The Hamilton Suit. The lead plaintiff in Hamilton v. Accu-Tek, the lawsuit filed by tort attorney Elisa Barnes, was Freddie Hamilton, a New York mother who lost her teenage son, Nunzi Ray, to a bullet intended for another teenager.17 The accused shooter in the Nunzi Ray killing was acquitted in a criminal trial.

Ms. Barnes claimed gun manufacturers distribute a dangerous product in a negligent manner in that they do not track firearms from production to final destination in criminal hands. Various gun control advocacy groups (e.g., the Center to Prevent Handgun Violence and Handgun Control Inc.) declined to join with Ms. Barnes in the suit because, in contrast to traditional negligence cases, she was not going after a particular gun, traced from a particular crime back to a specific manufacturer.18 She responded that this had been tried and had failed in previous negligence cases against gun makers.

A more important reason why Ms. Barnes did not sue just the gun manufacturers is that the police identified the gun involved in only one of her plaintiffs' cases. None of the manufacturers Ms. Barnes sued had guns tied to these cases. Indeed, Ms. Barnes could not even show whether the guns used against her clients' loved ones were bought from gunrunners by criminals or bought over the counter by lawful gun buyers, then stolen by criminals. Ms. Barnes relied on three critical factors to make her case: a sympathetic judge, testimony from a gun company insider and data on gun sales.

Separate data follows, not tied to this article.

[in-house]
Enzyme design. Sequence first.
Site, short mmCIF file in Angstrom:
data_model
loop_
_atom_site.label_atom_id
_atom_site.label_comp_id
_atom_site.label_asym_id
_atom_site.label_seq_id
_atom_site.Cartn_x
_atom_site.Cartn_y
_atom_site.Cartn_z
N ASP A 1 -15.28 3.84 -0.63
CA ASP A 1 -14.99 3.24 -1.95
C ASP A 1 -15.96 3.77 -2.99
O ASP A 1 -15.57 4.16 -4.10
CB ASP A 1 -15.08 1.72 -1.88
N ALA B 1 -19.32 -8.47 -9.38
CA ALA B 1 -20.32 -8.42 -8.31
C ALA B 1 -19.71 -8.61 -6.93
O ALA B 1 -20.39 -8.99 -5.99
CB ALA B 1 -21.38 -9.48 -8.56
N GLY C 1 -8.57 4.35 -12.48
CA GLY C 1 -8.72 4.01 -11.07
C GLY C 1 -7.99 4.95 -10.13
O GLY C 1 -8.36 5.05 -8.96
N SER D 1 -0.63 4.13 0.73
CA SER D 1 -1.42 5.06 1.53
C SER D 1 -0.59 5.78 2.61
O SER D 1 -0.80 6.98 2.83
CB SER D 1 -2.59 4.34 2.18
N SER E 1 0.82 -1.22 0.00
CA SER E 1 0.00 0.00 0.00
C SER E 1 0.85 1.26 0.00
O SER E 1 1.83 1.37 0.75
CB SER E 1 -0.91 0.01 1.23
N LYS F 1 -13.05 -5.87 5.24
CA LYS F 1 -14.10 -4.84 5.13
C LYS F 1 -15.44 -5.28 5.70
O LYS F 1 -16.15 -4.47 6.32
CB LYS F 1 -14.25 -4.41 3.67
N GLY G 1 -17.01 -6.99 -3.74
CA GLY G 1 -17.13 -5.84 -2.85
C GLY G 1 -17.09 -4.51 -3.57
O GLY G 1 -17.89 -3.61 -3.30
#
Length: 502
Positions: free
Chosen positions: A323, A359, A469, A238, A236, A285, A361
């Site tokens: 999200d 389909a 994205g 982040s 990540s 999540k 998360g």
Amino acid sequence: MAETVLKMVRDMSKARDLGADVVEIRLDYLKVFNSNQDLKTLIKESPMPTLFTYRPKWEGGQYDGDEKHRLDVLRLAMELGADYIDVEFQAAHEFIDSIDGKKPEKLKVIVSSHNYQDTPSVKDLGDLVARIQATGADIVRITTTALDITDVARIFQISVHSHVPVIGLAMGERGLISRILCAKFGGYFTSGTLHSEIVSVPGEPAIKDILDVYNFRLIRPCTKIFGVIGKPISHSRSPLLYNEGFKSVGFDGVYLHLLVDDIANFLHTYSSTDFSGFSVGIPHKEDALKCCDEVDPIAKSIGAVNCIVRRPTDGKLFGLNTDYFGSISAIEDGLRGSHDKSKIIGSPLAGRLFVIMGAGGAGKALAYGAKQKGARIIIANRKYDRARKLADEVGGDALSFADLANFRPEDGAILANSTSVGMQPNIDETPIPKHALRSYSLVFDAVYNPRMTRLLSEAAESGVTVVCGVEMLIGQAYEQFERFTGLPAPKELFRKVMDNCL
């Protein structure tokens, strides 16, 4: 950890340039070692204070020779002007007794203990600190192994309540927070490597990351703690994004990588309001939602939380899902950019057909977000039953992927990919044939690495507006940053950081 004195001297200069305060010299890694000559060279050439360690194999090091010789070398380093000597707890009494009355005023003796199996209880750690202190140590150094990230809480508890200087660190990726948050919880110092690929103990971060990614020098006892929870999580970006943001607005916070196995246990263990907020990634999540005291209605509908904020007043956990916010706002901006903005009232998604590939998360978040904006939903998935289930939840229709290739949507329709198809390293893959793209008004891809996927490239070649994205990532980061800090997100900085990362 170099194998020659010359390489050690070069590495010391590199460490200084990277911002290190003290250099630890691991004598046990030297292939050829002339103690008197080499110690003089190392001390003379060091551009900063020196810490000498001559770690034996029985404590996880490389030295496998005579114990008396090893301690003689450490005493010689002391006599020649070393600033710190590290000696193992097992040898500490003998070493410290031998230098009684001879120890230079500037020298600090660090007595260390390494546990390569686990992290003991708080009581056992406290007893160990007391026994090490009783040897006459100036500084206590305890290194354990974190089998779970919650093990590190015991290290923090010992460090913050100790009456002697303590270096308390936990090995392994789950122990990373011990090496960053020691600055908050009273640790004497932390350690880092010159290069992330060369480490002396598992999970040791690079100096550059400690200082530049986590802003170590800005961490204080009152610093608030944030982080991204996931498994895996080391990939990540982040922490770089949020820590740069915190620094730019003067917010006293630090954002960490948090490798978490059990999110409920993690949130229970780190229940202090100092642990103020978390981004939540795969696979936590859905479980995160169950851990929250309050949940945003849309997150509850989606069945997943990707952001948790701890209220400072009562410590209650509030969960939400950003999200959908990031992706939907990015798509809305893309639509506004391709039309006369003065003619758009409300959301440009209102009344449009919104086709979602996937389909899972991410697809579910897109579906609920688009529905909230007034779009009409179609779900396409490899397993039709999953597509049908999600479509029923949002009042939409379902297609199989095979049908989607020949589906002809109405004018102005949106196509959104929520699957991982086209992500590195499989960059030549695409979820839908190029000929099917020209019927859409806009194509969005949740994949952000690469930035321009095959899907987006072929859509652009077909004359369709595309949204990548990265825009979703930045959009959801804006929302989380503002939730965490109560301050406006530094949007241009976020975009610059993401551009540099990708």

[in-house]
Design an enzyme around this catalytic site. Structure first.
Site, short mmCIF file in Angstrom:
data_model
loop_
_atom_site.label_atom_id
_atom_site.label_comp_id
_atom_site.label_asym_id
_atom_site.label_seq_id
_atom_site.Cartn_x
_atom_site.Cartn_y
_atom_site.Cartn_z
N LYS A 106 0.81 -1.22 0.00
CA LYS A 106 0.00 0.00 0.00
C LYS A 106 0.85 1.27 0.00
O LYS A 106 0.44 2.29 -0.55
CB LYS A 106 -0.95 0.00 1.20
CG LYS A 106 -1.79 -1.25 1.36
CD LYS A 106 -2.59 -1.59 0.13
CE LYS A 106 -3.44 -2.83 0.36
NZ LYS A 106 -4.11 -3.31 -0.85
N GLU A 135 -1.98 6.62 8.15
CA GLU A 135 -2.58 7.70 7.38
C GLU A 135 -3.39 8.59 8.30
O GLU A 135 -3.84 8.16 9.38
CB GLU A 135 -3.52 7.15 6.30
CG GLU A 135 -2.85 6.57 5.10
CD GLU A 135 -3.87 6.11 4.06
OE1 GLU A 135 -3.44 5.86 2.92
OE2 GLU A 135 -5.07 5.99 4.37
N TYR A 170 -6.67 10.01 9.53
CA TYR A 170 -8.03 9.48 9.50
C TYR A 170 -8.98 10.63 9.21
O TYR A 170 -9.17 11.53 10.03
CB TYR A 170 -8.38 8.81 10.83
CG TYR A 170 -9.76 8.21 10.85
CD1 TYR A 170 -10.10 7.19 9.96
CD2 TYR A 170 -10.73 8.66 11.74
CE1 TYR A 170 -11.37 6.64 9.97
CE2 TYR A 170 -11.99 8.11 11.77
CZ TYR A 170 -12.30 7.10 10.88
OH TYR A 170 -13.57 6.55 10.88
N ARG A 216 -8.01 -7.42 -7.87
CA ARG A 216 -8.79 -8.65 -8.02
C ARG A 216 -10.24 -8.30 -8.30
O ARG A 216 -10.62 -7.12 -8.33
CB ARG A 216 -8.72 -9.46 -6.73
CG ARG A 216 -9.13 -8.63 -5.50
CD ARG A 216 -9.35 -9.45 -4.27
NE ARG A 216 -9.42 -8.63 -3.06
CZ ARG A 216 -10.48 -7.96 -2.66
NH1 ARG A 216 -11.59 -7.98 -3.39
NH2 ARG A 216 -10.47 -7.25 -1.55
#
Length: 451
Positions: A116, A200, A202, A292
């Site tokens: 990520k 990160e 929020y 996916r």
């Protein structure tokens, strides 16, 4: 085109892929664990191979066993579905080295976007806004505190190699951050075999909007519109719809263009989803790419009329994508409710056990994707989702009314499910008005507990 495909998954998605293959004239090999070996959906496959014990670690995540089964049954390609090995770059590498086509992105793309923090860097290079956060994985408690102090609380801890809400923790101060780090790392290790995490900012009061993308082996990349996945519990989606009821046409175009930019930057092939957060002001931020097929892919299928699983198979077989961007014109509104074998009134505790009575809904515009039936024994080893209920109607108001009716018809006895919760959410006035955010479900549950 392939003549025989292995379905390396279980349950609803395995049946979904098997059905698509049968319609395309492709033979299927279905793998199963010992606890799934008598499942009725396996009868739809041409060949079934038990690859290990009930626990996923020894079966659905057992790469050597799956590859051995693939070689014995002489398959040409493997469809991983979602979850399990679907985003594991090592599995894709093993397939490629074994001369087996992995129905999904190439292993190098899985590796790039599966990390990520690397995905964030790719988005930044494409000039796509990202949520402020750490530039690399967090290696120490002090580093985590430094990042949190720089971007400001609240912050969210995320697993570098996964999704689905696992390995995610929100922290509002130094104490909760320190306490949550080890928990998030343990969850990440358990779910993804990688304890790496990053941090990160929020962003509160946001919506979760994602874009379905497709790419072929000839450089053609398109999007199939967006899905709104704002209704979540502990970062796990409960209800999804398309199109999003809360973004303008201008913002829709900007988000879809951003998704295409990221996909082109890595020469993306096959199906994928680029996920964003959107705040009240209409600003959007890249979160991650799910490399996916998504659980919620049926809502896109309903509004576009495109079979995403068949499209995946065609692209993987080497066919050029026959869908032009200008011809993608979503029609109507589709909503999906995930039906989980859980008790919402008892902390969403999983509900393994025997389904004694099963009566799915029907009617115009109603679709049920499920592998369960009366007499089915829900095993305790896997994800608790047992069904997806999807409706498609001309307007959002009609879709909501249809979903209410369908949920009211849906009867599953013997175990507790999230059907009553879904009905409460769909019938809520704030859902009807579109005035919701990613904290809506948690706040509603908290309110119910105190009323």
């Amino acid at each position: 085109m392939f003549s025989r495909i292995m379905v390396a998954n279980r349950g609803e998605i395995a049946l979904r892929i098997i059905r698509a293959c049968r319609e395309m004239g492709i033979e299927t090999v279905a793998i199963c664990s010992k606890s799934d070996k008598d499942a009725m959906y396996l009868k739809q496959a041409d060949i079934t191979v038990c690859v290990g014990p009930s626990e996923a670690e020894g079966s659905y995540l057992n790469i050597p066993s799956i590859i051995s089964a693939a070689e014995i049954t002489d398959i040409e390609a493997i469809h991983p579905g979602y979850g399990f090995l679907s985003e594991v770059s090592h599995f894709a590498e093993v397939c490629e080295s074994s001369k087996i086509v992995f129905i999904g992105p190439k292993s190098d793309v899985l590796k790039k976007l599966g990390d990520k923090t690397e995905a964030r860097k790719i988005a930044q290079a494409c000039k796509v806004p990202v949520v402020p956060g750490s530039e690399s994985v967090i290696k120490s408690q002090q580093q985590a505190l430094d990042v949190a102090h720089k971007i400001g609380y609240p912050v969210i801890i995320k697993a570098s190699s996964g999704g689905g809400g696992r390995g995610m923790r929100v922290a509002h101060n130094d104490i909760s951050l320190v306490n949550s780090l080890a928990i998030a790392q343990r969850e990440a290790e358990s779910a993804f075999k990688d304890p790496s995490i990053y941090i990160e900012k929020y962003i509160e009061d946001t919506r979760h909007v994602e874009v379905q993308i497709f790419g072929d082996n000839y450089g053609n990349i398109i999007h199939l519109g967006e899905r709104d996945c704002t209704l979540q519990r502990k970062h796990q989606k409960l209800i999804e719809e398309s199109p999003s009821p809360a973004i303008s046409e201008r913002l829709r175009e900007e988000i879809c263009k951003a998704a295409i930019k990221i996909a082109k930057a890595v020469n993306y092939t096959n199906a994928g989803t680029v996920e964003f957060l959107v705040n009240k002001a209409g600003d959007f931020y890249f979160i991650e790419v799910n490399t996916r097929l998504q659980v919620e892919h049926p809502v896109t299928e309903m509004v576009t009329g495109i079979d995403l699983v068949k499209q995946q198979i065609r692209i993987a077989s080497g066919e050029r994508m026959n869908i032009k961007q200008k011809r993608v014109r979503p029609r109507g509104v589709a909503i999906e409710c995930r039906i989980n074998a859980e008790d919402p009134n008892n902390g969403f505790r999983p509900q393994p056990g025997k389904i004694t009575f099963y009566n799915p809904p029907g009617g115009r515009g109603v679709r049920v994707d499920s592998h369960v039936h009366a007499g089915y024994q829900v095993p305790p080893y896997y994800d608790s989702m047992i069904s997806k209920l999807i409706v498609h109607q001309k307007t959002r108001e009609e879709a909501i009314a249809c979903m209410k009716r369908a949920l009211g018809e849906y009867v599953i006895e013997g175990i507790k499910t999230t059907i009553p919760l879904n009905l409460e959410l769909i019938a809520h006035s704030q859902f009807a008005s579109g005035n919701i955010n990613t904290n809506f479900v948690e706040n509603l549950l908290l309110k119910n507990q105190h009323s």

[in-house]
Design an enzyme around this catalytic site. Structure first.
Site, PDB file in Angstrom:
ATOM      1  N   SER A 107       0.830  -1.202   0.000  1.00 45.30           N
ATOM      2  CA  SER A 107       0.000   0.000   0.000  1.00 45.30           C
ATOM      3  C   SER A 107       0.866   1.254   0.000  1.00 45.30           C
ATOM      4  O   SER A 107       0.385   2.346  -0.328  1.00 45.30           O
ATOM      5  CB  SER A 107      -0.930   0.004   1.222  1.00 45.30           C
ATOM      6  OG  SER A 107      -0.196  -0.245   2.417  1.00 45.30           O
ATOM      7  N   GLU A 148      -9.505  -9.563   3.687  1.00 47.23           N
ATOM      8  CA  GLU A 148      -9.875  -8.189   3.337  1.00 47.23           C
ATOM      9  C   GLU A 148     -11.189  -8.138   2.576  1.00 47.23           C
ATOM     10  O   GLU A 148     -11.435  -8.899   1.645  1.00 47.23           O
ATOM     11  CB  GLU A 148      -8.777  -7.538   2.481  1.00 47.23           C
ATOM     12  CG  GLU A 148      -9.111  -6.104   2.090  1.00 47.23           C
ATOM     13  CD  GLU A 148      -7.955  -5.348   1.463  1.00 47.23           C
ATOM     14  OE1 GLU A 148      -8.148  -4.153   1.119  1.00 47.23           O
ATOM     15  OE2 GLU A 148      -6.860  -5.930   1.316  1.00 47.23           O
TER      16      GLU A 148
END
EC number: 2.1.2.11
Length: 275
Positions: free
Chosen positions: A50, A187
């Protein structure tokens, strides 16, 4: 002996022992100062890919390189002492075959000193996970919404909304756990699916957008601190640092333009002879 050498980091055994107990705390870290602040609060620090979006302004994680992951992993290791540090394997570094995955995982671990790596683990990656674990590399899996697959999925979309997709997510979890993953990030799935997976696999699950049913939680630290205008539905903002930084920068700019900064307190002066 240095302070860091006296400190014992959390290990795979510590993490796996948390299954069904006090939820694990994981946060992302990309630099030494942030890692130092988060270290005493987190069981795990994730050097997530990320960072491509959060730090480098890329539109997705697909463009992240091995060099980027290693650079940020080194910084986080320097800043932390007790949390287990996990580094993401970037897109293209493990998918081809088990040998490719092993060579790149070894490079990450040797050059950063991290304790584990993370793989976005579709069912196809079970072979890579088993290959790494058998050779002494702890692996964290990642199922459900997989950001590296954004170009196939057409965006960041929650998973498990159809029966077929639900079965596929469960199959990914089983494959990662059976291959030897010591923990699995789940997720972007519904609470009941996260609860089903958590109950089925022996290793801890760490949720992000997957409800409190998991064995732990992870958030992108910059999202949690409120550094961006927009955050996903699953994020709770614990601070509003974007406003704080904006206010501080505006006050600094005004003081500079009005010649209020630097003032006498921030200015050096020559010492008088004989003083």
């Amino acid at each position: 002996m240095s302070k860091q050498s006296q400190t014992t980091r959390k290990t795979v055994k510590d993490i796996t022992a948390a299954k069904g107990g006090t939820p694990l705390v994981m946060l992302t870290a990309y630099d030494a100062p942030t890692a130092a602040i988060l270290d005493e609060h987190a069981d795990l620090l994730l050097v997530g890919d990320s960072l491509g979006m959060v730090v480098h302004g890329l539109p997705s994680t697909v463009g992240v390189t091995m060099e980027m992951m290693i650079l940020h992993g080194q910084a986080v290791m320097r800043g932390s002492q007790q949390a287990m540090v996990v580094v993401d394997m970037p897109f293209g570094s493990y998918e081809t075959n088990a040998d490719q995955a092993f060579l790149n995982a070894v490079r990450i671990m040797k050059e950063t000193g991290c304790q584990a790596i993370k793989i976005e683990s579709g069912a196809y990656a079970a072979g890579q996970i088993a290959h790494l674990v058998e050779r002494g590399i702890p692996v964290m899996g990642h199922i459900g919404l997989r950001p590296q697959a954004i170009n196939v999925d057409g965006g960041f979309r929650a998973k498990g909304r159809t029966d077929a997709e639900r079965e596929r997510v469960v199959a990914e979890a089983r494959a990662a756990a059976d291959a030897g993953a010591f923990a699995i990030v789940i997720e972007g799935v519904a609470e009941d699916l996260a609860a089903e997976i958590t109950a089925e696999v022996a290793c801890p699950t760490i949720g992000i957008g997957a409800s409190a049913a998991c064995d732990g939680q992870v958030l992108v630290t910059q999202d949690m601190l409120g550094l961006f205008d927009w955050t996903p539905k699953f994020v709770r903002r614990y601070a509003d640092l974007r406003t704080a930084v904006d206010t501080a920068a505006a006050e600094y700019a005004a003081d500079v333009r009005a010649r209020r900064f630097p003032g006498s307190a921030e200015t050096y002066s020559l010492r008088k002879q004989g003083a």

"A previous suit pioneered the theory that manufacturers' liability could be based on market share."

She successfully fought to have the case assigned to semiretired judge Jack Weinstein because he is widely known for his pro-plaintiff solutions to mass injury lawsuits and his penchant for judicial lawmaking. In fact, he presided over an earlier birth defects suit Ms. Barnes brought against manufacturers of the antimiscarriage drug DES. In that case, Judge Weinstein pioneered the theory that in rare circumstances, when consumers were unable to identify the particular makers of a product which had caused harm, manufacturers' liability could be based on their market share.

Her faith in Judge Weinstein's willingness to make new law was vindicated early. In a preliminary ruling, Judge Weinstein declared, "[There may] come a point that the market is so flooded with handguns sold without adequate concern over the channels of distribution and possession that they become a generic hazard to the community as a whole because of the high probability that these weapons will fall into the hands of criminals and minors."19 Judge Weinstein also allowed Ms. Barnes to expand her plaintiff group to 11 from two.